Editor’s note: The Easter season begins with Ash Wednesday on February 14. Consider enriching your ministry’s Easter preparations with resources from CTA—devotion books, family activities, send-home gifts, and much more. This week’s devotion is slightly adapted from the FREE sermon outlines that accompany This Is Love, one of CTA’s themes for the Easter season. You can browse through all of CTA’s resources at www.CTAinc.com.
How important is it that the gifts you receive are selected just for you? How important is it that the award your company gives for that tenth or twentieth anniversary is chosen with care, chosen with you personally in mind? Are you satisfied with generic gifts? Or do you prefer personalization?
Some of us here today grew up in big families, families with lots of aunts, uncles, and cousins. When large, extended families gather for the yearly Christmas dinner and gift exchange, the cousins sometimes notice a pile of identical packages under the tree. After everyone is full of figgy pudding or its equivalent, each cousin will receive one of those packages. They will unwrap the packages simultaneously, and as they do, the truth will become painfully obvious: a well-meaning uncle or grandmother has chosen the same scarf or book or gift card for everyone.
In polite families, the cousins dutifully express their thanks. But most of them will experience a twinge of regret, realizing that Aunt Elsie or Grandpa Smith doesn’t really know them very well, doesn’t realize that some cousins prefer hockey to soccer, that some cousins wear brown jackets, jackets that don’t go all that well with gray mittens.
We might forgive Aunt Elsie or Grandpa Smith. After all, they are just trying to treat everyone fairly. But would you really want a generic gift from your dad? Or your girlfriend?! On the other hand, though, you may know from embarrassing experience that it is possible to get too personal. Opening a package of underwear from your grandma in public? Definitely not cool!
So how personal is too personal? In the book of Acts, we read that after Jesus ascended into heaven, the apostles had multiple opportunities to preach and teach, multiple opportunities to talk about what Jesus’ life, death, and resurrection means. You also know that as the apostles preached, they got personal. Very personal!
Peter, for example, definitely knew his audience! He knew them very well—from their perspective, perhaps too well. He told them just where they had been, just what they had said and done, just what role they had played in the suffering and death of the Lord Jesus. This is how he concluded his sermon. (Read Acts 2:36.)
Had we been in that audience, we might have been tempted to say something like this: “Hold on a minute, Pastor. This is getting quite personal. It’s actually too personal by far. Definitely not cool!”
The truth of God’s Law, personally applied, always hurts. The Bible tells us that the people who heard Peter that day were “cut to the heart” (verse 37 ESV). They were “stunned,” “pierced,” or “deeply troubled,” depending on how you translate the word Luke uses here. In short, Peter’s sermon was not fun to hear. But it needed to be heard. The truth of God’s Law, personally applied, was necessary.
The pain, though, was not the point. The point was repentance. The Holy Spirit, who inspired Peter’s words, wanted to drive Peter’s hearers to see their need for a Savior. He wanted to confront them with the fact that self-justification is no justification at all! This is love! Love tells the truth!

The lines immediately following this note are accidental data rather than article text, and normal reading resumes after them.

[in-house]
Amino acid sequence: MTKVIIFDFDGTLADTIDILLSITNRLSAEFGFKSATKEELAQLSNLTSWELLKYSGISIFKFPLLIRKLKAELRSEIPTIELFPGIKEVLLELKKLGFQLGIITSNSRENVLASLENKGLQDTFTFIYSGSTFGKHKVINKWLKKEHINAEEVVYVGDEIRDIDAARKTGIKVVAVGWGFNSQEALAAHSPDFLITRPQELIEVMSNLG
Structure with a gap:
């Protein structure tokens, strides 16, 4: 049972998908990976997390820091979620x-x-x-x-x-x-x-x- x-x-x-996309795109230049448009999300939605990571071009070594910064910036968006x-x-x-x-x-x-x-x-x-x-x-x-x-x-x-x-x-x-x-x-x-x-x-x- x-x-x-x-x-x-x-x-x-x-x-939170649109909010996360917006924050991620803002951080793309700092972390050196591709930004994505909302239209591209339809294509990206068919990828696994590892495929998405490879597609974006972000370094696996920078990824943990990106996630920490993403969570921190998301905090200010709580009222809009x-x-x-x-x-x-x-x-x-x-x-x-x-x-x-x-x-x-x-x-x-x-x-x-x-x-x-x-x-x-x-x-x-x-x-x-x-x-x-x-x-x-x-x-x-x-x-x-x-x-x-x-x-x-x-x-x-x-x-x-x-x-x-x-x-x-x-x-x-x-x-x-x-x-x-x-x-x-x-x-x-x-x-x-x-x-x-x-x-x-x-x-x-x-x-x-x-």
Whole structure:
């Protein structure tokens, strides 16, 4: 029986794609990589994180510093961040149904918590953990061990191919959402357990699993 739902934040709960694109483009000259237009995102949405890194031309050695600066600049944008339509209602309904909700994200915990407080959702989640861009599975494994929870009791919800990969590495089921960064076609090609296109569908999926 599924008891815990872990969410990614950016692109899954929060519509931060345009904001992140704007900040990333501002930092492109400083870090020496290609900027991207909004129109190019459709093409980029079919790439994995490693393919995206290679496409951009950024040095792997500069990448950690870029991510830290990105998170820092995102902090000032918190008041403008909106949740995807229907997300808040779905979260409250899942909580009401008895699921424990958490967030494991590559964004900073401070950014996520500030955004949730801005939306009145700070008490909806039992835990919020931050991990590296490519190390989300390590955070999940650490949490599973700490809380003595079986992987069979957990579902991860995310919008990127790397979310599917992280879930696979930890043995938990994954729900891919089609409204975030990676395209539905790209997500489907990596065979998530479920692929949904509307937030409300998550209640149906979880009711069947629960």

God knew those listeners needed to recognize the futility of their religiosity. They needed to understand they could not earn or deserve God’s favor by what they had done, by what they were doing, or by what they were going to do. They needed to release the illusion of self-reliance and, instead, rely on the Christ whom they had crucified. They needed to throw themselves into the arms of Jesus’ mercy and love.
That love had bled real blood for them—and for you! That love had died a real death for them—and for you! That love was personal! It was powerful! It was real!
And that very real, very personal love propelled everyone touched by it to share it. The 3,000 who came to faith on the day of Pentecost became 5,000 in a just few short weeks. As the months went by, those 5,000 became ten, then twenty, then a hundred thousand.
And now that very real, very personal love has come to us through the witness of someone who was touched by someone who was touched by someone all the way back to the someone who heard about Jesus through the testimony of his first-century followers. These witnesses have always pointed to the cross of our Savior. These witnesses have always said, “This is love!”
The truth of God’s Law is clear. It is sharp. It is personal—perhaps too personal! It hurts, but that does not change the truth: By your sins, you killed the Lord of life. You did that just as surely as those people who stood in the mob shouting their demands that Pilate crucify Jesus. Each of you bears personal responsibility. You killed the Lord of life!
But God has raised Jesus from the dead. God has made him both Lord and Christ—Messiah, the Anointed One, the Savior! Your Savior! Your personal Savior. In Jesus, your very personal guilt is gone. You are redeemed. You can throw yourself into the arms of his mercy and his very real, very personal love. After all, the Bible promises:
We will be saved through the grace of the Lord Jesus (Acts 15:11 ESV).
Your past is gone, your sins erased. You have been touched and forever changed by Jesus’ death and resurrection. Enveloped in the very personal love of your Savior, enfolded in his grace, walk the way of the cross this week in bold confidence and hope.
You are welcome to copy this article for one-time use when you include this credit line and receive no monetary benefit from it: © 2018 CTA, Inc. Used with permission.